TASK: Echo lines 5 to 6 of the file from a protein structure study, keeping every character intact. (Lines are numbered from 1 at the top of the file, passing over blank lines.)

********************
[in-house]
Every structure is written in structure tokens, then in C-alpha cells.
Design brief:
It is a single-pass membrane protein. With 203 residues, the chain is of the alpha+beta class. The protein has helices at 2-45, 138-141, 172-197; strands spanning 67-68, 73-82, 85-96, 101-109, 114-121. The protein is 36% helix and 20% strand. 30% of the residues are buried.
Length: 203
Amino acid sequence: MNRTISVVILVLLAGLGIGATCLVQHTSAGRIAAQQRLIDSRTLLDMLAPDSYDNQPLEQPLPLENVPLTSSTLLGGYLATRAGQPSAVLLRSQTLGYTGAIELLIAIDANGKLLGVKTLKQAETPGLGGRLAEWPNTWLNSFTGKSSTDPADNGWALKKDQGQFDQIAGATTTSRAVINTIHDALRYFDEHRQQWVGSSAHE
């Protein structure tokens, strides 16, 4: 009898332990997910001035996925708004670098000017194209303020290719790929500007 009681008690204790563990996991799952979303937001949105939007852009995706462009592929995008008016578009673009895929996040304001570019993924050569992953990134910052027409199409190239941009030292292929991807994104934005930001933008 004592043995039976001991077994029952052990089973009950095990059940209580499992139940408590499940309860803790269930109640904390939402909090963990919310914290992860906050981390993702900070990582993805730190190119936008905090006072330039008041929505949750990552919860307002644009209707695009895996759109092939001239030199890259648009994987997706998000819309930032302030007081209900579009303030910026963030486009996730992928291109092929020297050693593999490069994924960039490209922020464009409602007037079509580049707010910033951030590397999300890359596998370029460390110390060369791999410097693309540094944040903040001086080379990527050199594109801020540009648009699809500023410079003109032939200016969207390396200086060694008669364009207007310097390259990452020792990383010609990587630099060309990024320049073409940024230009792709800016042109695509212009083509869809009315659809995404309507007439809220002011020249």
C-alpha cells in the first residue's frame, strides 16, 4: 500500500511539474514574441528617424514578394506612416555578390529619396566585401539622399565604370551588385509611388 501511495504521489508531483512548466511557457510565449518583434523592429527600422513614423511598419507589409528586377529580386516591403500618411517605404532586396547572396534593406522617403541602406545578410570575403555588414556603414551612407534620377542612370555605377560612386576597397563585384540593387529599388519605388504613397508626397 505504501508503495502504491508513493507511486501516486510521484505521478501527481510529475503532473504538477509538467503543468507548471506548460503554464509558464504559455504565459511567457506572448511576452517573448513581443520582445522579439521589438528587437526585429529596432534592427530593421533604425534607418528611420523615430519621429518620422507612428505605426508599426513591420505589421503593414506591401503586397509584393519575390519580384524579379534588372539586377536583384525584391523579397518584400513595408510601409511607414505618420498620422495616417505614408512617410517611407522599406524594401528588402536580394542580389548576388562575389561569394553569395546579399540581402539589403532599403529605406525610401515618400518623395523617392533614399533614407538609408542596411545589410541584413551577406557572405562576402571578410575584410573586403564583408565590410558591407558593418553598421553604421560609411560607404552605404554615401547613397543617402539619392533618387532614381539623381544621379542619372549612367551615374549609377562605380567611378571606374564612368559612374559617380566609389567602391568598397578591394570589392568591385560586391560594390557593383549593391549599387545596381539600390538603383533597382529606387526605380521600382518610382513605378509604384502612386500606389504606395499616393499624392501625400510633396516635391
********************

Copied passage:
Length: 203
Amino acid sequence: MNRTISVVILVLLAGLGIGATCLVQHTSAGRIAAQQRLIDSRTLLDMLAPDSYDNQPLEQPLPLENVPLTSSTLLGGYLATRAGQPSAVLLRSQTLGYTGAIELLIAIDANGKLLGVKTLKQAETPGLGGRLAEWPNTWLNSFTGKSSTDPADNGWALKKDQGQFDQIAGATTTSRAVINTIHDALRYFDEHRQQWVGSSAHE